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Vaagen Brothers wins state contract for restoration work on the Colville National Forest

UPDATED: Fri., Aug. 31, 2018, 8:15 p.m.

The Vaagen Brothers Lumber yard is seen during a tour on Wednesday, June 7, 2017, at Vaagen Brothers Lumber Inc in Colville, Wash. (Tyler Tjomsland / The Spokesman-Review)

Vaagen Brothers Lumber Inc. was the successful bidder on a timber sale aimed at making 604 acres of the Colville National Forest less vulnerable to wildfires.

The $1.5 million contract was awarded to the Colville-based company by the Washington Department of Natural Resources under an arrangement called the “Good Neighbor Authority.” The agreement allows states to enter into contracts for restoration work on U.S. Forest Service lands as an agent of the federal government, but the states must follow federal laws.

About 5.8 million board feet of timber will be harvested through the project, which is near the town of Northport. Mechanical thinning will be used on dense stands of trees, which were identified as a priority in the state’s 20-year strategic plan to improve forest health. Additional treatments to reduce wildfire fuels will take place after the thinning.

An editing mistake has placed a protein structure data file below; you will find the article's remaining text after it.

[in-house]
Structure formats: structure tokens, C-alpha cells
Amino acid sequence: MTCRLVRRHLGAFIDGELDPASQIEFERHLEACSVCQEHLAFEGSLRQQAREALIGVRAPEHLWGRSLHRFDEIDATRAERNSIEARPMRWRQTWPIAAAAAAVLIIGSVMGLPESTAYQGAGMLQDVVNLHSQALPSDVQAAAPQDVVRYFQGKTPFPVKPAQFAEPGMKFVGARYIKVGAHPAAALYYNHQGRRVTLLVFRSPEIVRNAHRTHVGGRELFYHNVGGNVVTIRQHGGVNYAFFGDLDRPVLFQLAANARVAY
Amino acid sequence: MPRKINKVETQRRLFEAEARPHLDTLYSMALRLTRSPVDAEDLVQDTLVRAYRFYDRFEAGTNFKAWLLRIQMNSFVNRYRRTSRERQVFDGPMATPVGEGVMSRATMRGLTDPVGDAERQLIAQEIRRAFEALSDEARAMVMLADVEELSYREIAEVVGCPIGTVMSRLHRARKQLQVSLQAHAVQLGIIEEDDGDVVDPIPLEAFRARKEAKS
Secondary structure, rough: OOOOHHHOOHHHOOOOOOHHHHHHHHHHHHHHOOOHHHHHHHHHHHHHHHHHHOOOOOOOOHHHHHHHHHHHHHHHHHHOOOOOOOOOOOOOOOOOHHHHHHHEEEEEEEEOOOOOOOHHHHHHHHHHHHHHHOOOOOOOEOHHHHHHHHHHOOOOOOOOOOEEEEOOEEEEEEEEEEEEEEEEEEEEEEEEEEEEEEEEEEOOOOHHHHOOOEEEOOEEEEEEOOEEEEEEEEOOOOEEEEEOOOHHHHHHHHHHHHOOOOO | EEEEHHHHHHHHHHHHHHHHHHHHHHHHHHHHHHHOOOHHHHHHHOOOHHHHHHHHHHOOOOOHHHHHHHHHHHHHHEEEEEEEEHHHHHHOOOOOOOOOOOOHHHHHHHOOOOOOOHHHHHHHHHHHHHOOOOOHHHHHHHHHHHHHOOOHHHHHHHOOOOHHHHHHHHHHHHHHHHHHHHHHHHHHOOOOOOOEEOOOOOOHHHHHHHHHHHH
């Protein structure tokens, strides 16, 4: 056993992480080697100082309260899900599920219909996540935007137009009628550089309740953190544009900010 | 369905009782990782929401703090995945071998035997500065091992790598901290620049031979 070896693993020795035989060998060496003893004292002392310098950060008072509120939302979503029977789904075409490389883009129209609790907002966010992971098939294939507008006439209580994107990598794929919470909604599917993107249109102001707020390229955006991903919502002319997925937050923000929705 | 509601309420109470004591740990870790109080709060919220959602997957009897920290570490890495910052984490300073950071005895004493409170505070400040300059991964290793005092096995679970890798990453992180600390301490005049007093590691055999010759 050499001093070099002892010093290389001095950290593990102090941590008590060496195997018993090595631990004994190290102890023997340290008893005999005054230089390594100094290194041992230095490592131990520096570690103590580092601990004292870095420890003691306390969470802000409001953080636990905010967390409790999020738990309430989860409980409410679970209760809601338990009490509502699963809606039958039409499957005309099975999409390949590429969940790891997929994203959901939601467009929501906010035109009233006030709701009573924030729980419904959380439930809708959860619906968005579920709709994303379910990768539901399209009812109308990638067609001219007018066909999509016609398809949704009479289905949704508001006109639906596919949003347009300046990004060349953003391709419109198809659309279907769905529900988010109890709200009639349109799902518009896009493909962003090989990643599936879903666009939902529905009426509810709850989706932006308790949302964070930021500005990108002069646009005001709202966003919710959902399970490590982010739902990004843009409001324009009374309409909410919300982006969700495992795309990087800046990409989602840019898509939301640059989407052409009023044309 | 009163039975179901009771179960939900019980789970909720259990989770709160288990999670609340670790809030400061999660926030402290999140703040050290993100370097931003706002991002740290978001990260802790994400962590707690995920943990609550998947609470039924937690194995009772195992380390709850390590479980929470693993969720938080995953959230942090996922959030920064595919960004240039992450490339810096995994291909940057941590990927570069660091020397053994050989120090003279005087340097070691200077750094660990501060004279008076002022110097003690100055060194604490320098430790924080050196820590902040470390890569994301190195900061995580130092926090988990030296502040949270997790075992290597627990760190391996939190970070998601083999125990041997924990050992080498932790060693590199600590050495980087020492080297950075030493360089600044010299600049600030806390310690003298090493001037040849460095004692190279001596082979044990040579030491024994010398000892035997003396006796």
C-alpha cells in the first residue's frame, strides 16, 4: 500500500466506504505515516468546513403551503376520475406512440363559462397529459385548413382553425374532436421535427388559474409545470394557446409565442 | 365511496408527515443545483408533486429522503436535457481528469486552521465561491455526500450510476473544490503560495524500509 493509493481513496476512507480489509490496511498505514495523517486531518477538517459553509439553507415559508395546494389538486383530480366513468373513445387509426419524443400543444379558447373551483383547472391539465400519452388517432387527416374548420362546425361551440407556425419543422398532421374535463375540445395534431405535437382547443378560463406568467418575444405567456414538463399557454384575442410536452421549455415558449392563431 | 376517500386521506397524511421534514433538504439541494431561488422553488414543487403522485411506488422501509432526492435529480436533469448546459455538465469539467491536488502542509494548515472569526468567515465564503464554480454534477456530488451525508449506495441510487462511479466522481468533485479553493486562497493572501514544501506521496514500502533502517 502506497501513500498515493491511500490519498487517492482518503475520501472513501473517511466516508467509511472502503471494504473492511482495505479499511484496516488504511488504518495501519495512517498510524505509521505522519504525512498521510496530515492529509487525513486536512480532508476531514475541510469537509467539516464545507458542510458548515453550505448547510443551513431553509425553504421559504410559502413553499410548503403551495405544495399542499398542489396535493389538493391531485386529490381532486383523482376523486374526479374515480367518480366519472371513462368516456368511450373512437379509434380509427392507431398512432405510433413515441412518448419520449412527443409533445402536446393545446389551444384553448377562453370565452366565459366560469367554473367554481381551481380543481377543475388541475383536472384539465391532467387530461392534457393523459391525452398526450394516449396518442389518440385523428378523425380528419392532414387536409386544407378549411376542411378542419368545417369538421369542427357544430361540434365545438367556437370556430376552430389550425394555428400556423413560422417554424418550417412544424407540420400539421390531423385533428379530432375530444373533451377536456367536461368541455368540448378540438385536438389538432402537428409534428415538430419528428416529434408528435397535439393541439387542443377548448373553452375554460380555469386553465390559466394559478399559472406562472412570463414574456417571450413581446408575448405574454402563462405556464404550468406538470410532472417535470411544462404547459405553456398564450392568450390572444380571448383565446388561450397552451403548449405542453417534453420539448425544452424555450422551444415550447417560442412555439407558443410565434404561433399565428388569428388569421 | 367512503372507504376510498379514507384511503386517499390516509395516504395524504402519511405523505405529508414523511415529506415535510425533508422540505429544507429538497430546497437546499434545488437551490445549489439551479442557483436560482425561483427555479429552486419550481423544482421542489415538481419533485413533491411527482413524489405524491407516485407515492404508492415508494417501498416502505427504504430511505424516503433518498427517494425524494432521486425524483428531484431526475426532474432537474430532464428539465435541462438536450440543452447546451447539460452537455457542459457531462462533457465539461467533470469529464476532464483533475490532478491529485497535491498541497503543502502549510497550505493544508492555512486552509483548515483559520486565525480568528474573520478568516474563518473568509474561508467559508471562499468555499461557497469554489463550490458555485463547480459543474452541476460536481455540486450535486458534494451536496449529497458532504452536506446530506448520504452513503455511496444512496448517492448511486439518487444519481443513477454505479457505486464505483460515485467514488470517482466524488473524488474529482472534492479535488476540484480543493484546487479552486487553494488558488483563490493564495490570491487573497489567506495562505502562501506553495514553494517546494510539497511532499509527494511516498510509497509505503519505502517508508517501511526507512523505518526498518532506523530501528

The Sheep Creek Fire in Stevens County burned 458 acres near the project site in August.

This is the first time Washington DNR has used the Good Neighbor Authority. Money from the contract will go into a special fund created by the Legislature, ensuring it gets spent on forest restoration work.

“This project is a great example of the partnership we need to address the forest health crisis that has filled Washington’s skies with smoke over the past couple of summers,” Commissioner of Public Lands Hilary Franz said in a news release. “Wildfire doesn’t care about who owns the forestland. Neither can our restoration efforts.”

The state of Idaho has used the Good Neighbor Authority for timber sales for several years.

Idaho Forest Group recently put in the winning bid of $2.3 million for a 520-acre timber sale 8 miles north of Priest River on the Idaho Panhandle National Forests. The state Department of Lands auctioned off the timber and will administer the sales contract.

Through the sale, Idaho Forest Group will log fire- and insect-prone stands of trees and replant the site with hardier Western larch, ponderosa pine and western white pine, according to a news release. About 8.6 million board feet of timber will be harvested.